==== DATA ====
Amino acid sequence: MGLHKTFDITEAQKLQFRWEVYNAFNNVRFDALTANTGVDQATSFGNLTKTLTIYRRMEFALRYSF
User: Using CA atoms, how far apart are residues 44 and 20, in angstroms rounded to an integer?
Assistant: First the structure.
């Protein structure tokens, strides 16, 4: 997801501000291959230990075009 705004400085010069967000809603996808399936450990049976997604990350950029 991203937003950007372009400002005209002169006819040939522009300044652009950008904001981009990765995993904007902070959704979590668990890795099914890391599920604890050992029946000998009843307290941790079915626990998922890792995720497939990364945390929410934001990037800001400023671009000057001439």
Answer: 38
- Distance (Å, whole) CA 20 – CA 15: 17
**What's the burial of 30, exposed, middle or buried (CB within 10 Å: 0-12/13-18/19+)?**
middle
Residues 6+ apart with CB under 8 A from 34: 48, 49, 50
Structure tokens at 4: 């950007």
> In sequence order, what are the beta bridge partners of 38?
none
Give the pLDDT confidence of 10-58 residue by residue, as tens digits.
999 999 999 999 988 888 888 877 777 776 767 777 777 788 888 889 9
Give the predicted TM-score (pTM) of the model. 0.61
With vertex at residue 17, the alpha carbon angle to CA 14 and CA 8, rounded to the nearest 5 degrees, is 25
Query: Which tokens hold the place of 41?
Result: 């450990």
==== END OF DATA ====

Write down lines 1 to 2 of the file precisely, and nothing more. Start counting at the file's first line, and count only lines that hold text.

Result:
Amino acid sequence: MGLHKTFDITEAQKLQFRWEVYNAFNNVRFDALTANTGVDQATSFGNLTKTLTIYRRMEFALRYSF
User: Using CA atoms, how far apart are residues 44 and 20, in angstroms rounded to an integer?